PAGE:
The folk song livesMusic is not only a cross-border means of communication, but also the very own cultural treasure of every nation. But because it was badly abused in National Socialist Germany, the country of poets and thinkers, who created such wonderful verses for it, has a split relationship to its folk songs. But a renaissance seems to be in the offing, old songs are being taken up and cultivated! And sometimes quite different than you think, as evidenced by the new CD from the world musicians of "Quadro Nuevo": "Folk Song Reloaded".
They travel around the globe to get inspiration for their attractive programs from all over the world and their sound cultures. But sometimes you don't have to go far away when the good things are so close: This time, the five artists of "Quadro Nuevo" focus on their own culture and their songs. Together with the Münchner Rundfunkorchester they recorded a wonderful album under the direction of Elisabeth Fuchs. You yourself call it a personal experiment. And this has succeeded all along the line!
No, the arrangement of "Kein schöner Land" is not by Henry Mancini. Many other swinging adaptations of folk songs like "Hoch auf dem gelben Wagen" or "In einem kühlen Grunde" sound a bit like the creator of the famous "Pink Panther Theme", too. Perhaps it was subconsciously a little godfather, when Mulo Francel began to work on the traditional melodies? Especially the accordion solos of Andreas Hinterseher remind lovingly of the colleague from overseas.
Two bright red threads run through the program of "Volkslied Reloaded": on the one hand, of course, the collection of classics par excellence such as "Am Brunnen vor dem Tore" or "Ich weiß nicht, was soll es bedeuten", on the other hand, the always swinging style, for which "Quadro Nuevo" and the Munich Radio Orchestra contribute the necessary big band sound. Sometimes you let yourself go and improvise grooving – for example and most appropriately with "Die Gedanken sind frei" -, sometimes you recognize the melodies immediately. Whether it's Mozart's "Bona nox" or a silvery "Der Mond ist aufgegangen." The production proves that folk songs (that folk song – the title deliberately uses the singular!) still have a lot to say today.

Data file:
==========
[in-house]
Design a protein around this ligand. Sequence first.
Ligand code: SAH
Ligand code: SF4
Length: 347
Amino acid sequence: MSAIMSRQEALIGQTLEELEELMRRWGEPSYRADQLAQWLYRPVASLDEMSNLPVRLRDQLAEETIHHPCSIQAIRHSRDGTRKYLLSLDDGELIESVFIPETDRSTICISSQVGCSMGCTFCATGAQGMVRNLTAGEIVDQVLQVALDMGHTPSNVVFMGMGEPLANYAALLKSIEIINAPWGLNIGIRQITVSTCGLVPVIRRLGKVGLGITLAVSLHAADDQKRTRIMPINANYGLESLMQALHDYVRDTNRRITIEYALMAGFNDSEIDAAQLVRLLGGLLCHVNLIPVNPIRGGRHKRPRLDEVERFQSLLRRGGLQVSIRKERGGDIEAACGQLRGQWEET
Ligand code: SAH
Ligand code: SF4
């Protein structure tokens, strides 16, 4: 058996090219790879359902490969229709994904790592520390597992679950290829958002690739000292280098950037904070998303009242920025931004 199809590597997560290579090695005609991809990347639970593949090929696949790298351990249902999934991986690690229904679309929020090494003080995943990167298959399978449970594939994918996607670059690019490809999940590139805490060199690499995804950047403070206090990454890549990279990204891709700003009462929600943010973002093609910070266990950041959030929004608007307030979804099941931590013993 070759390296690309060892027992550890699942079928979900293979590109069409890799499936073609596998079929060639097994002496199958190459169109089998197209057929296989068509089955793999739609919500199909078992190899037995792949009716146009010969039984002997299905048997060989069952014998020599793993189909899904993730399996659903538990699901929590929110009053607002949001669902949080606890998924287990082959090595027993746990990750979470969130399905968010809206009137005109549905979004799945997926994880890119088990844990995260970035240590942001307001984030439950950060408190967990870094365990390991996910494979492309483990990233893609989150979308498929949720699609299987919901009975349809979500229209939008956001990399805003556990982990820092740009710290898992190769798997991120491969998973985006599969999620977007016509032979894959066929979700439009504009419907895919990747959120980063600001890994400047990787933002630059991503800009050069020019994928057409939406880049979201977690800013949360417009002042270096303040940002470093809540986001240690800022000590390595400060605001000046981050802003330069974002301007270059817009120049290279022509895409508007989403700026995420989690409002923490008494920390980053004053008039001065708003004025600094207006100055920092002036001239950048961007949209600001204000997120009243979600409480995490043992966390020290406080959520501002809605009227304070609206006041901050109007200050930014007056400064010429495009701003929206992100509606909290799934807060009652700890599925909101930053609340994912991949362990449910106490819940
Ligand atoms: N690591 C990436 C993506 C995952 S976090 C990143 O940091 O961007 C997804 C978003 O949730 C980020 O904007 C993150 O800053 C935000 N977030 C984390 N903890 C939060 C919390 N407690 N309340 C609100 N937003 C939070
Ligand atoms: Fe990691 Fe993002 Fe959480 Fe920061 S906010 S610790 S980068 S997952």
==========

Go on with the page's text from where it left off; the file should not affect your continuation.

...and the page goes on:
"Sah ein Knab ein Röslein stehn" paints the picture of a dew-covered, lonely meadow, and "Kennst Du das Land" sounds wonderfully smooth as bossa nova. "Im Frühtau zu Berge" the hiker is already shuffling his feet (does the saxophone play something like "Meep meep" by Chuck Jones Roadrunner and Wile E. Coyote?), surprisingly the rich sheet metal gives a view of a tonal alpine massif and intones the melody. The strings take up the whole thing again – flashback to (TV) childhood: Suddenly you're standing as a cowboy "At the foot of the blue mountains" – the number is simply moving, perhaps one of the best of the whole album, worth listening to, oh what: experiencing!